I've not generally found this to be the case (and believe me, I build some intense apps). Yes, you need Update 10 to get a good applet experience. Do keep in mind this project is not a 3.0 or 4.0 -- there is lots and lots of improvement coming. There's a lot of low hanging fruit.

Even so, I work on (and in fact am typing on) a 32 bit mac book pro with Java 5. I build and test on it every day. JavaFX runs much faster on Windows with the D3D pipeline than on Mac with Java 5, but we are making headway and this will not always be the case.

 Startup speed is still too slow. It's still way slower than Flash and Silverlight.

Yes it is, and we have several performance optimizations both in terms of class loading and other optimizations that will close this gap. It isn't going to be there overnight, but it is being aggressively worked on.

  Lack of tools

Depends on what you mean by "tools". Do you mean code editors? IDE's? Illustrator? SVG tooling? Matisse like layout?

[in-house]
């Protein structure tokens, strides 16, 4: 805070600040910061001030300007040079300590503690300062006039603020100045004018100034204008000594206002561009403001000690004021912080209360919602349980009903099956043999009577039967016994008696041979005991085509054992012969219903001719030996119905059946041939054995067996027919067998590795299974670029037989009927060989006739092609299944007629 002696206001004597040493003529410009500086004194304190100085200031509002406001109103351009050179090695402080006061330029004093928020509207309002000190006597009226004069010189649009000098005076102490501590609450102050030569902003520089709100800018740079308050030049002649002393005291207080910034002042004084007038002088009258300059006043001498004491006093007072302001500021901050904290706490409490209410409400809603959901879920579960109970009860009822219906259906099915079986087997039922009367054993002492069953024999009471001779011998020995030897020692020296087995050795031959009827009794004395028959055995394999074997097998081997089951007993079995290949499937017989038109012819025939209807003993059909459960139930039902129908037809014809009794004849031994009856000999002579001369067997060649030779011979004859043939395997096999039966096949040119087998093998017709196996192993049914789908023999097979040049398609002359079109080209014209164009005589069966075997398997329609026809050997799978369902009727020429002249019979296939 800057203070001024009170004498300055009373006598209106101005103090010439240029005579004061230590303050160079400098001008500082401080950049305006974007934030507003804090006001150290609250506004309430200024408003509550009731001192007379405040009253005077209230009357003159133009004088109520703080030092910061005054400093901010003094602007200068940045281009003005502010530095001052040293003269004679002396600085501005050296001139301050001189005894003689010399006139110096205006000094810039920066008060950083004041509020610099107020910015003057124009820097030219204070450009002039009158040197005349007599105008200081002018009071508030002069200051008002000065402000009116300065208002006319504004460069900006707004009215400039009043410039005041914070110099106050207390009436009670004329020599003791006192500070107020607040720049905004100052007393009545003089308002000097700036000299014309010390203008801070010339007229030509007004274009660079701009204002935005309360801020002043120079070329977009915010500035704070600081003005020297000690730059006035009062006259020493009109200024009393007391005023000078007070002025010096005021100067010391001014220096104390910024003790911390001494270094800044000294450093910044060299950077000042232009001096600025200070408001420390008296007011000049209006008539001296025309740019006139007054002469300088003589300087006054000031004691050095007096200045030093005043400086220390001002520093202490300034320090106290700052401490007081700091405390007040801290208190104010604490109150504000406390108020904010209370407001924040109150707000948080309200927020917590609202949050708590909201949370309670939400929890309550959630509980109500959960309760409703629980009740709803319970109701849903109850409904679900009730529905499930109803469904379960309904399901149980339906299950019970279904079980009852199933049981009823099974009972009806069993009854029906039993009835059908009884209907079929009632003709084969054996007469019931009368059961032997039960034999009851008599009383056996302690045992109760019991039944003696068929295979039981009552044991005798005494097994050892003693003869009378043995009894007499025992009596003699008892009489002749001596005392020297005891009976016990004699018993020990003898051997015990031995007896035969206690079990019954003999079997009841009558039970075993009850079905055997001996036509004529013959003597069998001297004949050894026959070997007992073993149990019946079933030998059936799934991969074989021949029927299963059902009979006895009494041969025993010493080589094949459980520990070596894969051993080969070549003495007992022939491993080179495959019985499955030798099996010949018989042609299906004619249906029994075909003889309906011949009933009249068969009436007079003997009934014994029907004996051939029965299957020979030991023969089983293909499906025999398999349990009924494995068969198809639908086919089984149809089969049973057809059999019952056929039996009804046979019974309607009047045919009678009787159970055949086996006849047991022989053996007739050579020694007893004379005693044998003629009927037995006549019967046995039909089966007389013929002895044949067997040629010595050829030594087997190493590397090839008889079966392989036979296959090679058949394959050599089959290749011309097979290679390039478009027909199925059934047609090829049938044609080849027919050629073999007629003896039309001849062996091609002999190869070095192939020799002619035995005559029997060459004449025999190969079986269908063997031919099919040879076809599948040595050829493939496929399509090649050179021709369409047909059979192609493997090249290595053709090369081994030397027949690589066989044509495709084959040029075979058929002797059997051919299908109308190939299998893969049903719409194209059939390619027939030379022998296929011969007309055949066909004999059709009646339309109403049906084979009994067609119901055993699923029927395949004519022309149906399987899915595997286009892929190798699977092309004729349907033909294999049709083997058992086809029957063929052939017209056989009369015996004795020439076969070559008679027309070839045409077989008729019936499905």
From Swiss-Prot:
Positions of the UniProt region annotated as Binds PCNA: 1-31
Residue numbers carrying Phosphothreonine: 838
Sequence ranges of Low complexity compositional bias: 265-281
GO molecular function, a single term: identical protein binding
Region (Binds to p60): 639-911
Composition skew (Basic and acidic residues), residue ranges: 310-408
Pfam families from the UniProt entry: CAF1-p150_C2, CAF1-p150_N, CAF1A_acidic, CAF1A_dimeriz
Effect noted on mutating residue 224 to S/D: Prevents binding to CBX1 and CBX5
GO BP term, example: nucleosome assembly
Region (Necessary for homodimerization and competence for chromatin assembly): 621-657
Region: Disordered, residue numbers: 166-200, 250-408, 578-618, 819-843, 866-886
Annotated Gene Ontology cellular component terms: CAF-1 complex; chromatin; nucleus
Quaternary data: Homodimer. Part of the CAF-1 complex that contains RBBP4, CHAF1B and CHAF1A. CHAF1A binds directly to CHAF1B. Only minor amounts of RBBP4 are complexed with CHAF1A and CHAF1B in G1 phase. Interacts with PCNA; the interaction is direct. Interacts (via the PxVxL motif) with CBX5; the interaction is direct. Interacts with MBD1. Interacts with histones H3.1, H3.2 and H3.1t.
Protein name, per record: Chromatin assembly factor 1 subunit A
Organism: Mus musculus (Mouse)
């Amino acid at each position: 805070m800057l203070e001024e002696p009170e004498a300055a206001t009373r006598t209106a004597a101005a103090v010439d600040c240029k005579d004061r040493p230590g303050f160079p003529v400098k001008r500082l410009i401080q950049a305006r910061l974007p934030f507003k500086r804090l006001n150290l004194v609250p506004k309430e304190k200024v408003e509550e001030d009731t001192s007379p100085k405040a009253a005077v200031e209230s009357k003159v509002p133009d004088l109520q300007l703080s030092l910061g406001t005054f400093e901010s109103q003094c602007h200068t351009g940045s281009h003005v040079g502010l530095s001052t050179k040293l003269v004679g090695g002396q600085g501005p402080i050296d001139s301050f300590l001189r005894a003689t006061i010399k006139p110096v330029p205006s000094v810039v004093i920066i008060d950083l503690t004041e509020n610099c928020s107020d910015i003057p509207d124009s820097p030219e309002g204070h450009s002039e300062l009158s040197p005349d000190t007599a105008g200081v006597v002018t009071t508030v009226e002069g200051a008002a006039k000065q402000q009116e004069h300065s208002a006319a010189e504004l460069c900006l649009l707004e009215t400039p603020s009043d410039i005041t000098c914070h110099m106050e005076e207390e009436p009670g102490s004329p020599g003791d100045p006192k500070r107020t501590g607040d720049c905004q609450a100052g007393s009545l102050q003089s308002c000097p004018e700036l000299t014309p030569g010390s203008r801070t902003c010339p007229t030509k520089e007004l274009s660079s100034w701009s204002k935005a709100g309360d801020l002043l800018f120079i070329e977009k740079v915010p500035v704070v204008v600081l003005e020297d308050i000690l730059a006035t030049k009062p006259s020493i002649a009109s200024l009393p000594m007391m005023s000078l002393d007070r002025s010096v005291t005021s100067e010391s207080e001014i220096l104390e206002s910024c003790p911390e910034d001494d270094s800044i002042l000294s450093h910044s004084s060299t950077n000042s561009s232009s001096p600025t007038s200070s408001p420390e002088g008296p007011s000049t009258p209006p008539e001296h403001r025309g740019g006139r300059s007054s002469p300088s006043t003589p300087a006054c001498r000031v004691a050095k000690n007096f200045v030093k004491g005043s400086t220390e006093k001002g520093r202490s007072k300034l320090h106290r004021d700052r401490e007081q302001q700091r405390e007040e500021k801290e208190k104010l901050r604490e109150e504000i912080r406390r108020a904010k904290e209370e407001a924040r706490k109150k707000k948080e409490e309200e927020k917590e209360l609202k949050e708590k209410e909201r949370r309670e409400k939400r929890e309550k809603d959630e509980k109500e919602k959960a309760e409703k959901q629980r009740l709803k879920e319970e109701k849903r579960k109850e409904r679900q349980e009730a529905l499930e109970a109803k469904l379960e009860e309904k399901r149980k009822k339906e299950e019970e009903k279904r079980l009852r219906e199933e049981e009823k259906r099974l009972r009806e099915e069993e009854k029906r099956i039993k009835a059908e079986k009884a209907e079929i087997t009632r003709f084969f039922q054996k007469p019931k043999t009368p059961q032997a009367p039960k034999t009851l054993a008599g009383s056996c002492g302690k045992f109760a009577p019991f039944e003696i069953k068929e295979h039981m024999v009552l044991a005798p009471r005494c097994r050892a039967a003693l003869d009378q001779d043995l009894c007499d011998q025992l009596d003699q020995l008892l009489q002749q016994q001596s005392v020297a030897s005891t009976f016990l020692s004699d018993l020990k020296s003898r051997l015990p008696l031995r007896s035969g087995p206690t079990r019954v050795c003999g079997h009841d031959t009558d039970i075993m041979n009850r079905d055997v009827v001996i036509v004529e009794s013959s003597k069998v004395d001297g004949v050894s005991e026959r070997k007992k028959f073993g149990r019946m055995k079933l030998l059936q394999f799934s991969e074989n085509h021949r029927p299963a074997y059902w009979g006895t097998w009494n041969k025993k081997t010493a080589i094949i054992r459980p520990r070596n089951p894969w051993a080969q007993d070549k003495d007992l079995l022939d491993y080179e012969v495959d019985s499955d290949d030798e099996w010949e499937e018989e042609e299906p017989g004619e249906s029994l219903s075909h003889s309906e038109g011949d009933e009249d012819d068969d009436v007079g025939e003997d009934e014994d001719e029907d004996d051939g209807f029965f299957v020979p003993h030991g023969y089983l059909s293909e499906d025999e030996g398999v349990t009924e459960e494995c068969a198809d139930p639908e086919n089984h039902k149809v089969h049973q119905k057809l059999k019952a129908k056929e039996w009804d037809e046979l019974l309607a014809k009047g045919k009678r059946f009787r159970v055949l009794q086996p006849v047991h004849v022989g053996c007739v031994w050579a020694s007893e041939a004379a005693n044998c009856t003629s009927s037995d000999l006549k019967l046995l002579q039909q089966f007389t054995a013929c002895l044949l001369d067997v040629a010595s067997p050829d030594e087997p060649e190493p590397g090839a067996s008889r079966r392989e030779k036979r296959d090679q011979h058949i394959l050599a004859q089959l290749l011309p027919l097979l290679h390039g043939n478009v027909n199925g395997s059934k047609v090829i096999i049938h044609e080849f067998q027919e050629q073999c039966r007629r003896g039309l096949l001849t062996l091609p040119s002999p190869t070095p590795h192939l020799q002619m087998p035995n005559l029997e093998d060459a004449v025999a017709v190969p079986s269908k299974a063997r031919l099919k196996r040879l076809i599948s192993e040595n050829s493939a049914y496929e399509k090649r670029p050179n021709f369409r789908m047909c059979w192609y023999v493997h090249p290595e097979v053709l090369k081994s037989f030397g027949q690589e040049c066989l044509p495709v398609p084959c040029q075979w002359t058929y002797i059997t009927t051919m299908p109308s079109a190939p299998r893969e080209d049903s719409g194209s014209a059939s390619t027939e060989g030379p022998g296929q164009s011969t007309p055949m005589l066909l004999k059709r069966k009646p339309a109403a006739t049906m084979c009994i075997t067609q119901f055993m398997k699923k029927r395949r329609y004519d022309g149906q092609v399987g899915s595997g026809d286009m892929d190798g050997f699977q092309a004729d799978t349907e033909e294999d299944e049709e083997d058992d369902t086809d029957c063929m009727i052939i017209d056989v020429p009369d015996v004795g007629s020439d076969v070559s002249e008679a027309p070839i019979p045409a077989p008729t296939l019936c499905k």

We do have, and will continue to have, an emphasis on tools. 

It isn't going to be perfect on day 1, but we full well know what we need to do to be competitive and will execute on those things. We will compete. 

Adrian A. replied on Thu, 2008/11/06 - 6:47am

I like Java allot, but will never use JavaFX (it's just the worst possible move from SUN).

Oh, and killing Swing http://www.pushing-pixels.org/?p=758 is pure suicide IMO - will alienate all long time loyal developers. 

Carl Antaki replied on Sat, 2008/11/08 - 10:01pm in response to: Richard Bair

Hi Richard,

By lack of tools I mean for example that Netbeans 6.5 doesn't include JavaFX support. There are no good tutorials about the language since the syntax of the language changed and I haven't seen yet an exciting app written in JavaFX except games. Let's wait to December 2. I'm excited to see what JavaFX will bring. Hopefully it will be good. Good luck to you and all Sun developers.

Comment viewing options

Select your preferred way to display the comments and click "Save settings" to activate your changes.